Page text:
Liquid capital constraint. The fungi enterprise should have a full payment capability for expenditures on the materials of a medium, spawns, salary of workers, electricity, and freshwater to sustain the production system.(6)
where ei = wi × xi; ei, wi, xi are the expenditure, price, and quantity of input I, respectively; n is the number of inputs; and is the maximum amount of viable liquid capital.
Production capacity constraint. Facilities in the enterprise undergo regular maintenance; thus, no additional production line can be equipped.(7)
where yj refers to the output of product j, m is the number of products (including by-products), and is the current maximum production capacity.
The primary data were obtained through a field survey of the pilot plant in 2016. The frontline workers, technical staff, department managers, and enterprise owners participated in the survey. A detailed production dataset that covers economic and environmental performances has been established based on several annual and seasonal reports from 2015. The inputs (including crop straw, cottonseed hulls, and bagasse), products, and by-products were calculated by dividing the value by quantity. The nutrient content data and technical parameters used in this study were offered by the technical staff from the plant.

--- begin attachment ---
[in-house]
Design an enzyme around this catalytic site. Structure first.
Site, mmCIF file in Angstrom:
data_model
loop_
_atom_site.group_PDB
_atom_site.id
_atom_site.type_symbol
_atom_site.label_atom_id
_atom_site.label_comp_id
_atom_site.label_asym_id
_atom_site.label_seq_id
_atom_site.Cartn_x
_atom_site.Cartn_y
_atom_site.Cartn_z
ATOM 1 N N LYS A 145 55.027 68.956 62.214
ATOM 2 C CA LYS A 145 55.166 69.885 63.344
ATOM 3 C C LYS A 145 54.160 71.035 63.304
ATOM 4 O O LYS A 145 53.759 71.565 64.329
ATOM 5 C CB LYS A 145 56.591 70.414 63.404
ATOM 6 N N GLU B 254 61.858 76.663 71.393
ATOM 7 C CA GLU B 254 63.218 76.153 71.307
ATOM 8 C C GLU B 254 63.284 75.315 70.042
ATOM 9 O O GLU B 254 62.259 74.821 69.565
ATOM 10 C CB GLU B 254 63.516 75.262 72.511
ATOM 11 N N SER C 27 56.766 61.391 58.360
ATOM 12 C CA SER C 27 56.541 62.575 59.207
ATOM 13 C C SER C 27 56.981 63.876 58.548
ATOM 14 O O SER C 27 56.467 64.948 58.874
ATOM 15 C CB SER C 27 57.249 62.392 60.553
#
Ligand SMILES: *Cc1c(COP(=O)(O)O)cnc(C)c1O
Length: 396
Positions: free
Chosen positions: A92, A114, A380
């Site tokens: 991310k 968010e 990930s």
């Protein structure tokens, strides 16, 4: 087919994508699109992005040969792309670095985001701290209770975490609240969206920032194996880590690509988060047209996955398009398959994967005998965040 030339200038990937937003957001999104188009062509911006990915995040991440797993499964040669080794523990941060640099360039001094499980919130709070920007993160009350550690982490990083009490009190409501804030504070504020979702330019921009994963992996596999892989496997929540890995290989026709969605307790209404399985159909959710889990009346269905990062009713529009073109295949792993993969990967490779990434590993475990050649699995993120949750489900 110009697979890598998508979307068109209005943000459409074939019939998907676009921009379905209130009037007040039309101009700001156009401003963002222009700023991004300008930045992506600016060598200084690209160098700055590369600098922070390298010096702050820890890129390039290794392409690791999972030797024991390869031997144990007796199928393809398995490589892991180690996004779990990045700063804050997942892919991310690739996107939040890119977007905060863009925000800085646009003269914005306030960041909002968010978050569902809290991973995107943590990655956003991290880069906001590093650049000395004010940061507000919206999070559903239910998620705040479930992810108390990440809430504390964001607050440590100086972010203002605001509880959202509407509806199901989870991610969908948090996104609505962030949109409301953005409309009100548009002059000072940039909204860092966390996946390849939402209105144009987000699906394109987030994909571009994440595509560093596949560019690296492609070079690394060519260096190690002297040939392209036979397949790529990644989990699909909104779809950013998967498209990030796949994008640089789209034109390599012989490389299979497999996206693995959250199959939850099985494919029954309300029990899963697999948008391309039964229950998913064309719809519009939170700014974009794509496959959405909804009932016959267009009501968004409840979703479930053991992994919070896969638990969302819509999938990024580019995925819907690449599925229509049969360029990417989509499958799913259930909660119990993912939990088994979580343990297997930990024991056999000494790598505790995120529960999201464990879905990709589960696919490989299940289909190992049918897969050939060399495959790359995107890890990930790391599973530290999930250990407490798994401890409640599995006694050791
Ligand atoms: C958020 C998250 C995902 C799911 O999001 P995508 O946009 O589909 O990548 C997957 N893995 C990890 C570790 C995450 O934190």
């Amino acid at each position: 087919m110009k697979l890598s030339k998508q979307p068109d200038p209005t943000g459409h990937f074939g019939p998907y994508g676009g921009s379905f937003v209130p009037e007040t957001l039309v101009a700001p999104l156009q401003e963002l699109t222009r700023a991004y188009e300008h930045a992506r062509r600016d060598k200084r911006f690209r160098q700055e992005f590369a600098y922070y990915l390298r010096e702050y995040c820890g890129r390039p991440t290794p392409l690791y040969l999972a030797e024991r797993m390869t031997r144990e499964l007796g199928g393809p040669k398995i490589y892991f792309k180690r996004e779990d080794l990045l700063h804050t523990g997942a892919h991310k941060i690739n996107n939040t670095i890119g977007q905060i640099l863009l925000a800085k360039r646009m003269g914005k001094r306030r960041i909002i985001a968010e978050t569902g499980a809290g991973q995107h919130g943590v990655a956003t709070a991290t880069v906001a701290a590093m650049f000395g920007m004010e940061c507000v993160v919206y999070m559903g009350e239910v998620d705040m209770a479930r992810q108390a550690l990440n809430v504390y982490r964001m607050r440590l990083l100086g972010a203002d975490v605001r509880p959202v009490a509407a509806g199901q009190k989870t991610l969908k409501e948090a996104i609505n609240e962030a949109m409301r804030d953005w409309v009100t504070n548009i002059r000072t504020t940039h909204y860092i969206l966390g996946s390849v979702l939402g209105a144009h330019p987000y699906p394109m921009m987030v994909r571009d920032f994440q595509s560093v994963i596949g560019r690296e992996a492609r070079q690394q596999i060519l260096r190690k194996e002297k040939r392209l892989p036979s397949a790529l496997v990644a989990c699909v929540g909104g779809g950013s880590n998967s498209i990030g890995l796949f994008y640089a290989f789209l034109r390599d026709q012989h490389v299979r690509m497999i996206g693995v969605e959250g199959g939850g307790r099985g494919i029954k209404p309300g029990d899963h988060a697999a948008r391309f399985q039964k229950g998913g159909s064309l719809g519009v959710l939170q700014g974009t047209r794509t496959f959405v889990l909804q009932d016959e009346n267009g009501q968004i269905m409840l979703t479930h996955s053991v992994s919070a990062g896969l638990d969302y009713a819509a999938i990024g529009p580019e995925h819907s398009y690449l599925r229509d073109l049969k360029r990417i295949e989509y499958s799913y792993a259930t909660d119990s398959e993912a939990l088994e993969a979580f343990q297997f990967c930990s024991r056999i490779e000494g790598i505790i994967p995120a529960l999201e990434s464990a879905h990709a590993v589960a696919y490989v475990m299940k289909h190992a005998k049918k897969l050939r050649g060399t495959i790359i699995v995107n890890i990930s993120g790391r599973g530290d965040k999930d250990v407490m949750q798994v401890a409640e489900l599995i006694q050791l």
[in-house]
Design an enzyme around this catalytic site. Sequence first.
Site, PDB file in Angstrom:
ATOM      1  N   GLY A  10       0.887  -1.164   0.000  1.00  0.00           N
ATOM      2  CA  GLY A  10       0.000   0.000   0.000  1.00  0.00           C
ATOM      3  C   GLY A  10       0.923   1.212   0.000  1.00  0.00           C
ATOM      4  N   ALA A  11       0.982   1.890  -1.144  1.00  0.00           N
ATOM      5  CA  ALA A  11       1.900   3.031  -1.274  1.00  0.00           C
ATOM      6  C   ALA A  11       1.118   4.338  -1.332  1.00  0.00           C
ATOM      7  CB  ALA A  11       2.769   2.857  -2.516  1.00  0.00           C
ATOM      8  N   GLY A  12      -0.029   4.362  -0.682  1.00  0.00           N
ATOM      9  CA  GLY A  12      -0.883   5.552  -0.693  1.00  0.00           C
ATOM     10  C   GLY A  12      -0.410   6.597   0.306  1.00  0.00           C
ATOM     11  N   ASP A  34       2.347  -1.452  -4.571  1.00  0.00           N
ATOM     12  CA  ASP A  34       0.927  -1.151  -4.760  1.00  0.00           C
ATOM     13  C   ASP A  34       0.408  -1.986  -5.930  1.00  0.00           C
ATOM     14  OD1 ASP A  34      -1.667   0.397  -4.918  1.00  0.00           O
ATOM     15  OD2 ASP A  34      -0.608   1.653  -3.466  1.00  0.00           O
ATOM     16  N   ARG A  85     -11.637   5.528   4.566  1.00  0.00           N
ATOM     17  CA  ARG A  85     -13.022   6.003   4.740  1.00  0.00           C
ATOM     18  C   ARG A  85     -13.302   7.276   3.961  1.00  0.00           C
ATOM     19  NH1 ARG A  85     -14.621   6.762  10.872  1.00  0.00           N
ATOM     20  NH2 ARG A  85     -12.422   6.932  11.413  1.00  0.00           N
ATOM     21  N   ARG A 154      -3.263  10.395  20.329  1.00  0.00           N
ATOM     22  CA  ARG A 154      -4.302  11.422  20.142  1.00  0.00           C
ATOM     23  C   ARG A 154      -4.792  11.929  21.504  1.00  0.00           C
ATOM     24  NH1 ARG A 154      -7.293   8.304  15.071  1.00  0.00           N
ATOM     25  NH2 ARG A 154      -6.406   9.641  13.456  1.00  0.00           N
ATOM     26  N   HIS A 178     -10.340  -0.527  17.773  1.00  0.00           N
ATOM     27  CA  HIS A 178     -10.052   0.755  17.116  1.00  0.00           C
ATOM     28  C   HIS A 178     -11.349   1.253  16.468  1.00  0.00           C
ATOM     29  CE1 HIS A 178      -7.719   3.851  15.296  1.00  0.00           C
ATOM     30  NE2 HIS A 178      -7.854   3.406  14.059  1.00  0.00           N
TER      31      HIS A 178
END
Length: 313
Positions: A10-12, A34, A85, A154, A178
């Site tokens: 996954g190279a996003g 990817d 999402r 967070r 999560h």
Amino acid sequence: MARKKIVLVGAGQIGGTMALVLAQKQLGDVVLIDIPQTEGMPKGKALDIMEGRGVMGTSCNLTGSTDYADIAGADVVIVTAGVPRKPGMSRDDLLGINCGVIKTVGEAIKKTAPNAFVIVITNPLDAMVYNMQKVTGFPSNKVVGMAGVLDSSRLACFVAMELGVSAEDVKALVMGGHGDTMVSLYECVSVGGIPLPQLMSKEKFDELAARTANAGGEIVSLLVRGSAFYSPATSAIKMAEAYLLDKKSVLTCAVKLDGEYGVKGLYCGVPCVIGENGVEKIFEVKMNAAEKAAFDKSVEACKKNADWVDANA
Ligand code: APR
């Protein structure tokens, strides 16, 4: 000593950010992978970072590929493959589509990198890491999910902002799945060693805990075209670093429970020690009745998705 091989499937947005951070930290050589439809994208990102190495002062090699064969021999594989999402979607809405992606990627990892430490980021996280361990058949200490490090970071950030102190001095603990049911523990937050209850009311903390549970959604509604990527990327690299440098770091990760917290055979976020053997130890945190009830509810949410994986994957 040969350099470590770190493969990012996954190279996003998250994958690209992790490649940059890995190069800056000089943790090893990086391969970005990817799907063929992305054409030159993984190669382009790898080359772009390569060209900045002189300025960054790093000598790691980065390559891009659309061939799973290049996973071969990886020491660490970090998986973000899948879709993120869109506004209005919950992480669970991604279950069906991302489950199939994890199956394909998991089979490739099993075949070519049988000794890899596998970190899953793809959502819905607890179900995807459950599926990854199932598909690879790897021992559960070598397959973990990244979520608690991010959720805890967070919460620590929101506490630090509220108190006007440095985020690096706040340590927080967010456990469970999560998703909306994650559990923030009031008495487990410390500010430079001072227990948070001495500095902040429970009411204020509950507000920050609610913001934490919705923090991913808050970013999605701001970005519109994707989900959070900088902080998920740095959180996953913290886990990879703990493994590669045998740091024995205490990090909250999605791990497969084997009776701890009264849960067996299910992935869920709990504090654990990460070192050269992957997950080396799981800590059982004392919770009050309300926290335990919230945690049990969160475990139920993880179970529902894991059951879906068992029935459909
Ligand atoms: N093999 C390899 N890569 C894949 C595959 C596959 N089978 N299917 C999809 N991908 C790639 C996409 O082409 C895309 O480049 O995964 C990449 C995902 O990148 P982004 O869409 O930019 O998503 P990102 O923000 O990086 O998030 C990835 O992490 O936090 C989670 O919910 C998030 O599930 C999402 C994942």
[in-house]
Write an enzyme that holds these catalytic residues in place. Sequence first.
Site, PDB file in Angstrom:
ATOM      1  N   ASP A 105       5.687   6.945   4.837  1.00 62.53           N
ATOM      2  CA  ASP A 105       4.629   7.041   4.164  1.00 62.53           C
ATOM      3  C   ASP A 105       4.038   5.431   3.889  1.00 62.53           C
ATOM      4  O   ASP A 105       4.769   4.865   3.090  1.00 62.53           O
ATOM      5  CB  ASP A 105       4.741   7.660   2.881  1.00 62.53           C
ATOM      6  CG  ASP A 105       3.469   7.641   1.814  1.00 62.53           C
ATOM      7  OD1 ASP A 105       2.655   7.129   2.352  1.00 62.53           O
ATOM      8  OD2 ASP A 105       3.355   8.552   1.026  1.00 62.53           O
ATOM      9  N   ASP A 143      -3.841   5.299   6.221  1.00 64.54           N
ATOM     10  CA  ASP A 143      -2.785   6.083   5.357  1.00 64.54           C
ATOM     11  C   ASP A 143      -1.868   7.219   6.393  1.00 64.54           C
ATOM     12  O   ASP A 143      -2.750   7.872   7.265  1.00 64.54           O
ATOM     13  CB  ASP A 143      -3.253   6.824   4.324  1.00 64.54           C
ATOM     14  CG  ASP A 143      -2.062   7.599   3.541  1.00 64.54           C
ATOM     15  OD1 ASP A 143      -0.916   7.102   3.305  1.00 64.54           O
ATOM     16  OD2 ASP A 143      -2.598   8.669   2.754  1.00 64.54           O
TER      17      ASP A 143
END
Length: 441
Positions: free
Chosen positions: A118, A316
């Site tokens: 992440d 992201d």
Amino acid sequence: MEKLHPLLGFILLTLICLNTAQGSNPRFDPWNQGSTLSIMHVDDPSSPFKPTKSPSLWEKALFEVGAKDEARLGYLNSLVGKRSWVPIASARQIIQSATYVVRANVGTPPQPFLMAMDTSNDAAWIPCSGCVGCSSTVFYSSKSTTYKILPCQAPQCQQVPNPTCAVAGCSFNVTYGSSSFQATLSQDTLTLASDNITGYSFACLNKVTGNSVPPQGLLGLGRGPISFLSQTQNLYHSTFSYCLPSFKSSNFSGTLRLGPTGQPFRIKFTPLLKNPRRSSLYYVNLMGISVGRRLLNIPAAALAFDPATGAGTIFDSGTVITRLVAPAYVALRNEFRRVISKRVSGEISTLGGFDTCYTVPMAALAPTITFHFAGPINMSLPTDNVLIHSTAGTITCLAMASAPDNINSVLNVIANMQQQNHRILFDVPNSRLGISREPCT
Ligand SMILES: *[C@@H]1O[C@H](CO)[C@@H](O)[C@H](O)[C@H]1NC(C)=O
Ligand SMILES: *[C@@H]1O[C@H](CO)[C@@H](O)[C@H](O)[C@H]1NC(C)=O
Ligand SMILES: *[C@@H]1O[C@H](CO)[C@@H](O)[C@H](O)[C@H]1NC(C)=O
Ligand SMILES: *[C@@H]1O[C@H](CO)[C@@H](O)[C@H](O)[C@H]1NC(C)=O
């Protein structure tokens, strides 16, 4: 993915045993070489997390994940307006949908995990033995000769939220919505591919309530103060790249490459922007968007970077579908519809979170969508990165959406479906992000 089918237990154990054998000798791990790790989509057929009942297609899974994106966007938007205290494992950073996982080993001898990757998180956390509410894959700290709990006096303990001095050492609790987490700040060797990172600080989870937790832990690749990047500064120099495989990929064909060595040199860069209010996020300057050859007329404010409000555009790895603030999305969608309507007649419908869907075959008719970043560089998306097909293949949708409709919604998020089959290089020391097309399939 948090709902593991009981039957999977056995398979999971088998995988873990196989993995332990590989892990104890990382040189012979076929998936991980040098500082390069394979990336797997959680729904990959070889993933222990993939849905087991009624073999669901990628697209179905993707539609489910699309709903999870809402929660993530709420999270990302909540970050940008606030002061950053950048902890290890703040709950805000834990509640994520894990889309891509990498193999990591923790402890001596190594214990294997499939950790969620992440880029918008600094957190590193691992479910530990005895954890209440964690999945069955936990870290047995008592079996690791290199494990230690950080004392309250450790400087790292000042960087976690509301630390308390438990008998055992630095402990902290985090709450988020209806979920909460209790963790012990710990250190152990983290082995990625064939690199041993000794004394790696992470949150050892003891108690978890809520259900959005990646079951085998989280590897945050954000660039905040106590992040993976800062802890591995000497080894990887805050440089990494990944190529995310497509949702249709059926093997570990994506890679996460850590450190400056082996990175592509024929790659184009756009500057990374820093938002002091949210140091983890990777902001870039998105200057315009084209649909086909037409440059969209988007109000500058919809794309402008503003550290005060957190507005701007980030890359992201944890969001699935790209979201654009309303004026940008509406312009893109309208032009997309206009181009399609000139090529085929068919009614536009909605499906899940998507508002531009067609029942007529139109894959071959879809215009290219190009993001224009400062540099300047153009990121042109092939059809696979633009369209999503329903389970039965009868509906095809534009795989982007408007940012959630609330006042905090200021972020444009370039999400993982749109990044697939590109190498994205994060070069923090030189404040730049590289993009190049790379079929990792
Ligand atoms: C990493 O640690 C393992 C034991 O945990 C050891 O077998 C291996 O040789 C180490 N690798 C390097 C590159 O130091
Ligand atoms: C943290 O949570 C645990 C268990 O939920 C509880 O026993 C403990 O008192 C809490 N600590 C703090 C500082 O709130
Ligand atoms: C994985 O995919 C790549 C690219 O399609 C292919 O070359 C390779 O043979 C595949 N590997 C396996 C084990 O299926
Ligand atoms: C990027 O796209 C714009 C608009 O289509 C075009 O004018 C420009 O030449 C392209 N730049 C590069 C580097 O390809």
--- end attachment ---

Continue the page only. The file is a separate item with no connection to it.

Five simulation scenarios are constructed in this study to evaluate the environmental and economic effects of straw utilization in the fungi production under different market situations. Each scenario covers the two-way fluctuation of the study variables.
Scenario I: Fungi price. The fungi price is assumed to fluctuate in this scenario. Fungi price is highly related to the total economic income of this pilot plant and reflects market demand and supply information, which can impact the production decisions of enterprise owners.
Scenario II: Agricultural straw and Scenario III: Cottonseed hull. The two scenarios consider the price fluctuation of the two main material inputs, namely, agricultural straw and cottonseed hull. These inputs represent 80% of the weight of the fungi growth medium. The prices of straw and hull comprise the largest portion of the total production cost. The quantities of straw and hull that the fungi plant disposes of are also determined by these prices.